How To Grow Sage

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  • PLANT TYPE: Perennial
    SCIENTIFIC NAME: Salvia officinalis
    ZONE / HARDINESS: 5 to 9
    MATURE PLANT SIZE: 12 to 30 inches high x 24 inches wide
    LIGHT: Full Sun
    FLOWERING PERIOD: June
    SOIL TYPE: Fairly rich, light, dry, well-drained soil
    pH RANGE: 6.4
    KNOWN PESTS: Slugs, spider mites, spittle bugs.
    KNOWN DISEASES: Root rot and wilt.

    OVERVIEW:

    Sage is a woody, hardy perennial plant with oblong, wooly, gray-green leaves that are lighter underneath and darker on top. Sage grows 2 to 3 feet in height and has a tendency to sprawl.

    This aromatic and slightly bitter herb is noted for its use in stuffings for poultry, rabbit, pork, and baked fish. It also can be used in sausage or meat loaves.

    Sow directly in the garden 1/8 inch deep, in late spring. Thin to 2 feet apart when seedlings are 4 inches tall. Prefers well-drained soil in full sun. Keep the soil moist when the seedlings are young. Once established, prune the plants severely in the spring to keep them from setting seed, and replace them every 3 years or so, as they will become less productive and somewhat woody. Harvest sage before the plant flowers. Gather sprigs, tie in a loose bundle and hang upside down in a cool, airy place. Do not dry in direct sunlight. When the sprigs are dry and brittle, remove the leaves from the stems. Store either crumbled or whole in airtight containers.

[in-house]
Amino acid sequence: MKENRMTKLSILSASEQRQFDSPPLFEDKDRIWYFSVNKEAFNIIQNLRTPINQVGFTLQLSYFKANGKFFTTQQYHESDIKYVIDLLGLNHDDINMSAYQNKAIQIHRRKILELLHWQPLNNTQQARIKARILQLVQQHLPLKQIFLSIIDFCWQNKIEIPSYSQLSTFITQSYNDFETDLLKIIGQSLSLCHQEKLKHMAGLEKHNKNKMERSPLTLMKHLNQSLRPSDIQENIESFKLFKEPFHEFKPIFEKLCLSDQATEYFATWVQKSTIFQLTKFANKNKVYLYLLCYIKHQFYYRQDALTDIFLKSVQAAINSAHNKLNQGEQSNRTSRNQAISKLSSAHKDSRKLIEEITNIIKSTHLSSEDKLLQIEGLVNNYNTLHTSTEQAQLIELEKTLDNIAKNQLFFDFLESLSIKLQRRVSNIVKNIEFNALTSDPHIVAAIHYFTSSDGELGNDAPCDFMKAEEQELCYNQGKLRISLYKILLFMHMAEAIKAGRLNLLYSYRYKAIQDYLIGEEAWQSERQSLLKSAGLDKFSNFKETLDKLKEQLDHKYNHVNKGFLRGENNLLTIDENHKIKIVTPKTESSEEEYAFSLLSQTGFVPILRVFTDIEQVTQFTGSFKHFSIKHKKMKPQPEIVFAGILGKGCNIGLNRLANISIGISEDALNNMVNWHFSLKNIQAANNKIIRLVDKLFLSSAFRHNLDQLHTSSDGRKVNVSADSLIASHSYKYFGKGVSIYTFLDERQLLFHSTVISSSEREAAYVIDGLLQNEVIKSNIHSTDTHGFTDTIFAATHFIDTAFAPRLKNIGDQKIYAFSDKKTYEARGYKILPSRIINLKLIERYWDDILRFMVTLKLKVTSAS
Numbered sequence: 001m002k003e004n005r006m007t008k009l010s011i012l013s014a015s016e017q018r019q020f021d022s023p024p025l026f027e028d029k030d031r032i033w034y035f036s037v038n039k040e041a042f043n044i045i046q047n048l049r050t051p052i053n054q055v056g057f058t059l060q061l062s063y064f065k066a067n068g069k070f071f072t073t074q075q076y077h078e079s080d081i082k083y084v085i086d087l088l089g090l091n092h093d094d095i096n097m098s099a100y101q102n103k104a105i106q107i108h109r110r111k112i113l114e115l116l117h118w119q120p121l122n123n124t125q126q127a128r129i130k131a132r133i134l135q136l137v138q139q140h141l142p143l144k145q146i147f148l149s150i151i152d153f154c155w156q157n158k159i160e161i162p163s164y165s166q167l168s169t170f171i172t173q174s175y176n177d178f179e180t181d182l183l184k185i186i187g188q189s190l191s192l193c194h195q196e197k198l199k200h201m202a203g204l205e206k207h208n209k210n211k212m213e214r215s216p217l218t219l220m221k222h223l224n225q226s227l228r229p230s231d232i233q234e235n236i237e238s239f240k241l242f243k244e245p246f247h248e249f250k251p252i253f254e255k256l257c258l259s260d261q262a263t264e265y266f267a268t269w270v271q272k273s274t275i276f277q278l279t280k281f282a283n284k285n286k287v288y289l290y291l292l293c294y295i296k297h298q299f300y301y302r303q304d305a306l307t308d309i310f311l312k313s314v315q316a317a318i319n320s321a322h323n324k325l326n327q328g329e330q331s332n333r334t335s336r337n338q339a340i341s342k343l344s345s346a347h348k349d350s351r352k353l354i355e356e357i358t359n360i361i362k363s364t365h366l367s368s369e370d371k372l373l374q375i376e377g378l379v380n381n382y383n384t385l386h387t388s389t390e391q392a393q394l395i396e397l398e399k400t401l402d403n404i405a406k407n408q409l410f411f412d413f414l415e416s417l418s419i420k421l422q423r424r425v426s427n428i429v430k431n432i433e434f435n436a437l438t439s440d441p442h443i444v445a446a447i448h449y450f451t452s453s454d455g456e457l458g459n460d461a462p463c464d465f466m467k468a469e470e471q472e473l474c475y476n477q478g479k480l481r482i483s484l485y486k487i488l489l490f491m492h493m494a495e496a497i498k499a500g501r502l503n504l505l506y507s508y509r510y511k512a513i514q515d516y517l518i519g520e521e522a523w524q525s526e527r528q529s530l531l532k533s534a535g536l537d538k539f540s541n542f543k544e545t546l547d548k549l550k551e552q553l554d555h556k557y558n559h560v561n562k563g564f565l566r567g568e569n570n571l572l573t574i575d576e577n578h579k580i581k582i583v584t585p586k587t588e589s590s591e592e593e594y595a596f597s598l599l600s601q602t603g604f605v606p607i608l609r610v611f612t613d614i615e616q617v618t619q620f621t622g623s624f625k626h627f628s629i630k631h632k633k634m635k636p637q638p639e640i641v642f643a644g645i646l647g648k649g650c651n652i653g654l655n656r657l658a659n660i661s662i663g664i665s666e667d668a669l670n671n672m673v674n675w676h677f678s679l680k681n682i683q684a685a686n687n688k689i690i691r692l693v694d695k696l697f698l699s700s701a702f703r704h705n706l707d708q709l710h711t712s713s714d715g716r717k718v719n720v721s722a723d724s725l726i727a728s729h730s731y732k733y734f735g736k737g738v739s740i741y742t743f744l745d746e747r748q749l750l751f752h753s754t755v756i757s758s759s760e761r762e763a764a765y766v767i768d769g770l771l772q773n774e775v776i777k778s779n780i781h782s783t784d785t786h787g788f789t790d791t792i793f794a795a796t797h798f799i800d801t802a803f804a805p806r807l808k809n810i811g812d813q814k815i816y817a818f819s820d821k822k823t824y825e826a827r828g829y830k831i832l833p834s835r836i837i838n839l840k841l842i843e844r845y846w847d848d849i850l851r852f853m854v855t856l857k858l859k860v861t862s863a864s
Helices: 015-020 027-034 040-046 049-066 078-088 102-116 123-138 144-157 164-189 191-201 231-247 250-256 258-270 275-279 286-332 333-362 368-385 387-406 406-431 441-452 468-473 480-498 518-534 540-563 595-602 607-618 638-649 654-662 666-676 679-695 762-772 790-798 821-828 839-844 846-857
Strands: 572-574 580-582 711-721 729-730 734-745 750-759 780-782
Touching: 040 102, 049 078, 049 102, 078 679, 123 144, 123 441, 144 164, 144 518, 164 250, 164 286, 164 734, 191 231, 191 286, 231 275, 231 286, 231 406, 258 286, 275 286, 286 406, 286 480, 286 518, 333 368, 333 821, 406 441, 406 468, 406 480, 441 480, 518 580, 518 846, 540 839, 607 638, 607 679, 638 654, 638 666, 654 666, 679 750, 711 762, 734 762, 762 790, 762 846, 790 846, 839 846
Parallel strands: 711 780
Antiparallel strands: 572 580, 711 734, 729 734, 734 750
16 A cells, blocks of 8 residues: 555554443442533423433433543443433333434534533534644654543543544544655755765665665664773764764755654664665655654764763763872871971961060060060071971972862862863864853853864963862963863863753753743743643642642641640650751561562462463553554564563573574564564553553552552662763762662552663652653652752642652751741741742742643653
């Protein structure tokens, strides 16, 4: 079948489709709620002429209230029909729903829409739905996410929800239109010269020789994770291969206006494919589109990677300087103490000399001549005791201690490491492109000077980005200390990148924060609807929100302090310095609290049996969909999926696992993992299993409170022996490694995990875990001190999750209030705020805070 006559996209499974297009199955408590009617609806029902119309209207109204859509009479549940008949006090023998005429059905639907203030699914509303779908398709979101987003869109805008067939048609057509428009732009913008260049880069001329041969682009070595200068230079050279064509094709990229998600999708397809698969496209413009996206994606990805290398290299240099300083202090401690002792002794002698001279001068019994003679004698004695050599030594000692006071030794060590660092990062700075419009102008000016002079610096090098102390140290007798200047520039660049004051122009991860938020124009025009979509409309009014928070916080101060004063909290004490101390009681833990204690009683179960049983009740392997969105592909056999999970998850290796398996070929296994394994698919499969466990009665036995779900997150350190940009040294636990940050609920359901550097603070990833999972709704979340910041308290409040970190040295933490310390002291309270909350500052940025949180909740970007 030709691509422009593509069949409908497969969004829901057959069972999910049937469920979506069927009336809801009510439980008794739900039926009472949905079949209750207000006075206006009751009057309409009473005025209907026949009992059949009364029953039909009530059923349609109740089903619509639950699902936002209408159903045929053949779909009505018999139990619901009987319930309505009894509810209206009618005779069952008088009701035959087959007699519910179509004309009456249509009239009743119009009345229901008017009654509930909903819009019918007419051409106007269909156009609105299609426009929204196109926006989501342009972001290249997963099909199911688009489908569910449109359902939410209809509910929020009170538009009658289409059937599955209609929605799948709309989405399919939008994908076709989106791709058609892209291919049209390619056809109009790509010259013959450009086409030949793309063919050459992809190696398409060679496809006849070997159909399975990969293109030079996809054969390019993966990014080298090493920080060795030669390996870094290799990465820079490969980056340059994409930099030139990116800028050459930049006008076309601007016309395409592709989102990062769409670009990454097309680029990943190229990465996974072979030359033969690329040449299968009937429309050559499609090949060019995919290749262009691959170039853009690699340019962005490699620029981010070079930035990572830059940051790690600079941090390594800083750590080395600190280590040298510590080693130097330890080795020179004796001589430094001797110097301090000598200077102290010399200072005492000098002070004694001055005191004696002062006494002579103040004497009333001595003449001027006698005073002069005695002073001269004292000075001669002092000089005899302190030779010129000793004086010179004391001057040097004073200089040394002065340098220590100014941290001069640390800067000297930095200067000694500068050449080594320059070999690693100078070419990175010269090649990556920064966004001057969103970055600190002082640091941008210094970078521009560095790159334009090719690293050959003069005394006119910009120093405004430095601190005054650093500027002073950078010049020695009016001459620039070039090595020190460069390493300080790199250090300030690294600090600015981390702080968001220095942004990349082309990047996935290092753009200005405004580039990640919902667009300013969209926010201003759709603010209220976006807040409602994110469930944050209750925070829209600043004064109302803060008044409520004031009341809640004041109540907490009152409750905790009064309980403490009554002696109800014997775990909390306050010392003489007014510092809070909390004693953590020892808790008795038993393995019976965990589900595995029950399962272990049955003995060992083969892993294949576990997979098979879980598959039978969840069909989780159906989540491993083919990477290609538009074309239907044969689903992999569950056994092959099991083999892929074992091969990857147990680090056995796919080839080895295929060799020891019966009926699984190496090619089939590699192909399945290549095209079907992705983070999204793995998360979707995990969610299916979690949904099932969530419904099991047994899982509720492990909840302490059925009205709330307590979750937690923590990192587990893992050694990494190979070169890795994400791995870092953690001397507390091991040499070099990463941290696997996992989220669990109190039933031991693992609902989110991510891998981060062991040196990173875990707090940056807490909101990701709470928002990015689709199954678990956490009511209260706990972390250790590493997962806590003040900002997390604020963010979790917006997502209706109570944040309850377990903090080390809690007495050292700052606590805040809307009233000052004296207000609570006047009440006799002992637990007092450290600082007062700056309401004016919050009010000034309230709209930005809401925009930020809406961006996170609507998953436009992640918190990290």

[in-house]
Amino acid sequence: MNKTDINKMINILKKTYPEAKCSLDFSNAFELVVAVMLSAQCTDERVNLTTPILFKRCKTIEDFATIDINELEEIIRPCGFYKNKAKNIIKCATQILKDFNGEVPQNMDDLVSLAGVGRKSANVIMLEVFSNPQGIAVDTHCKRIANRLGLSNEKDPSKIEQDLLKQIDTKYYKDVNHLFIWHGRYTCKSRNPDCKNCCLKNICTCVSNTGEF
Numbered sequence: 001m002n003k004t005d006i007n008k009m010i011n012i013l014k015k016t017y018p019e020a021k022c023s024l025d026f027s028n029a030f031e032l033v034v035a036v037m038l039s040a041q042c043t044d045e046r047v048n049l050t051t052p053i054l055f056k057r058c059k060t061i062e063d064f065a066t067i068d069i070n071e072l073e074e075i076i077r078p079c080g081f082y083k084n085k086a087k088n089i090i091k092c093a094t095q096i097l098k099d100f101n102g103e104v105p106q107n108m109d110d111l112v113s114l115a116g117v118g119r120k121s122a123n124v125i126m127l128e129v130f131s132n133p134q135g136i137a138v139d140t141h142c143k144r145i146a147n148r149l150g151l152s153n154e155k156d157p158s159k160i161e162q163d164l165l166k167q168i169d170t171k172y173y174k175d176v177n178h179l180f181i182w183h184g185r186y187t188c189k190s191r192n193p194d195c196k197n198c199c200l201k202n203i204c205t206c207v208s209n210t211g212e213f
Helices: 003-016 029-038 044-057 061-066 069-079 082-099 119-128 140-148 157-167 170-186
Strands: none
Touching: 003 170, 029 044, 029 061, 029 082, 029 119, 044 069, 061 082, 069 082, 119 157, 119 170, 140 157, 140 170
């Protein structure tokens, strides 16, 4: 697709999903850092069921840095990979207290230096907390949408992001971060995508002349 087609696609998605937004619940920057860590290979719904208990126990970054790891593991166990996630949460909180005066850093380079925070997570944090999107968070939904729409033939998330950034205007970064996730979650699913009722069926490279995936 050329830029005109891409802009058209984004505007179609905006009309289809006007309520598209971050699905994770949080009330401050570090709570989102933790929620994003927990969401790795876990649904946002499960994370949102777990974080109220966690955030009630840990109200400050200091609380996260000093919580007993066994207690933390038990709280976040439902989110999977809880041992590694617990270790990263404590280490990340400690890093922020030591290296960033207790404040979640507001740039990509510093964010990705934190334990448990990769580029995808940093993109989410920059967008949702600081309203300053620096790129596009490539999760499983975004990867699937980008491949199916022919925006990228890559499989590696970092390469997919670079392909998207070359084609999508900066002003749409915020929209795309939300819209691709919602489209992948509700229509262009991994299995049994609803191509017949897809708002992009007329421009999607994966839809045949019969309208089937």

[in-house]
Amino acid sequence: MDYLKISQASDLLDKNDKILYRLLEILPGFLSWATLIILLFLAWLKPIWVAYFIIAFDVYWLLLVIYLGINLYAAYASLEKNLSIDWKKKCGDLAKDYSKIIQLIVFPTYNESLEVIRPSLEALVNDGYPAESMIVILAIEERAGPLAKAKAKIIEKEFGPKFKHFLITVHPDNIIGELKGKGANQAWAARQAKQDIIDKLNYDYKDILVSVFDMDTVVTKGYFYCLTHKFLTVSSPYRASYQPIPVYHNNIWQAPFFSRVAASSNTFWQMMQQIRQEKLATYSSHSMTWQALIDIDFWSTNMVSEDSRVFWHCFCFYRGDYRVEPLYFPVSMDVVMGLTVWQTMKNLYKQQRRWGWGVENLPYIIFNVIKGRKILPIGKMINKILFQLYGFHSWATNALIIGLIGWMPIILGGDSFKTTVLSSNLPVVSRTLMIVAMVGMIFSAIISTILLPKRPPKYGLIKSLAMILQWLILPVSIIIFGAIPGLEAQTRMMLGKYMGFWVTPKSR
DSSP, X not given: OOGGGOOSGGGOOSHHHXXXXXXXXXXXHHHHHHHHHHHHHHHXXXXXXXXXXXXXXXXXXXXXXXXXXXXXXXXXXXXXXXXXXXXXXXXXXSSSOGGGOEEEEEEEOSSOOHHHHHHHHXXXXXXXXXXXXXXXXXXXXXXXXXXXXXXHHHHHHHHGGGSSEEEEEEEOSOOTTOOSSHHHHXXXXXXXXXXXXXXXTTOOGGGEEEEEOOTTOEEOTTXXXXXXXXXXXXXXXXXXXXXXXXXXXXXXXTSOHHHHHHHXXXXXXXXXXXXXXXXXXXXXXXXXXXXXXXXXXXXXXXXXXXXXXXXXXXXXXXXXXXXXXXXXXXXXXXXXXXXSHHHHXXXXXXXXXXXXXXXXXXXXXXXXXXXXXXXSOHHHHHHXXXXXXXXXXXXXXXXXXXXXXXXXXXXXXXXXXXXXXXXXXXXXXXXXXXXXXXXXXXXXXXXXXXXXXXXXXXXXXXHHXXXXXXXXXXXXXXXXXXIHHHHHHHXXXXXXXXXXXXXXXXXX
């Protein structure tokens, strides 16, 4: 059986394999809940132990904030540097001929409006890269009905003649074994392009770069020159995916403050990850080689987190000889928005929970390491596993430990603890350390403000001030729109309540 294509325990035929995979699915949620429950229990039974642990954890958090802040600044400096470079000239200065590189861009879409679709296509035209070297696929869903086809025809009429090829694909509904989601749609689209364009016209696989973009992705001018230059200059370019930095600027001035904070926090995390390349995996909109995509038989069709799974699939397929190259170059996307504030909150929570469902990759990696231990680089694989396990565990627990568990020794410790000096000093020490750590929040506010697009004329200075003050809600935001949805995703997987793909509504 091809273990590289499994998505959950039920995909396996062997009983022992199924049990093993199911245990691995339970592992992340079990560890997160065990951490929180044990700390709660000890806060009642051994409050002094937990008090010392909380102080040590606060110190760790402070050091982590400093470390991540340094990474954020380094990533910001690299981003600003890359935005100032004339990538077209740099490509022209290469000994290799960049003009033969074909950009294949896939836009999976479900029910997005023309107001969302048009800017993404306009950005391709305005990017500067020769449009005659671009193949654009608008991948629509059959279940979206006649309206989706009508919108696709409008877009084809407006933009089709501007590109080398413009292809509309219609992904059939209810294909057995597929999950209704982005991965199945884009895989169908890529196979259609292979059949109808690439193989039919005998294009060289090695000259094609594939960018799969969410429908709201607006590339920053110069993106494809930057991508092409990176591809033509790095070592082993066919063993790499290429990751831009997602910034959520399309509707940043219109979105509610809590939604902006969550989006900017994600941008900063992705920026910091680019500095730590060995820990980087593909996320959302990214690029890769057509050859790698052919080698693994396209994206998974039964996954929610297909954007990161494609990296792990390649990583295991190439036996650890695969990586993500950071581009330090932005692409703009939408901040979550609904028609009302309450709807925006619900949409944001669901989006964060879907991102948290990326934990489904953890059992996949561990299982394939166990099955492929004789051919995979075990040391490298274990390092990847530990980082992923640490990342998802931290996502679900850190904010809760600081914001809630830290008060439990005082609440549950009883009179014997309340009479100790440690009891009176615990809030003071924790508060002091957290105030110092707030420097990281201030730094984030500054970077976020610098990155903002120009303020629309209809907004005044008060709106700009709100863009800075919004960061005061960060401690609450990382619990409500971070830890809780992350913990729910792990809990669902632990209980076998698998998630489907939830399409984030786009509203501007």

PROPAGATION / SOWING:

    Cuttings, layering, division, or seeds. Sow directly in the garden 1/8 inch deep, in late spring. Thin to 2 feet apart when seedlings are 4 inches tall.

    COMPANION PLANTING:

    Sage attracts bees and grows well with rosemary. Sage also helps repel cabbage butterflies and improves the flavor of cabbage.

    CARE & GROWING:

    Sow in spring and transplant to 2 feet apart when seedlings are 4 inches tall. The site should have well-drained soil and plenty of sunlight. Keep the soil moist when the seedlings are young. When the plants are well established, water only in dry weather.

    HARVESTING:

    Harvest sage before the plant flowers. Gather sprigs, tie in a loose bundle and hang upside down in a cool, airy place. Do not dry in direct sunlight. When the sprigs are dry and brittle, remove the leaves from the stems. Store either crumbled or whole in airtight containers.

    USAGE:

    Aromatic, cosmetic, culinary, decorative, and medicinal.Sage is used for insect repellent and for fragrance in potpourris. It also is used for infusions to color hair silver and it stimulates the skin in facial steams, baths, and lotions. It flavors vinegars, herbal butter, omelets, soups, and poultry stuffings. Fresh sage is sometimes added to salads. Because it dries well, it is used in herbal wreaths (especially culinary) and nosegays. It can be grown in containers. It is said to have some medicinal qualities.

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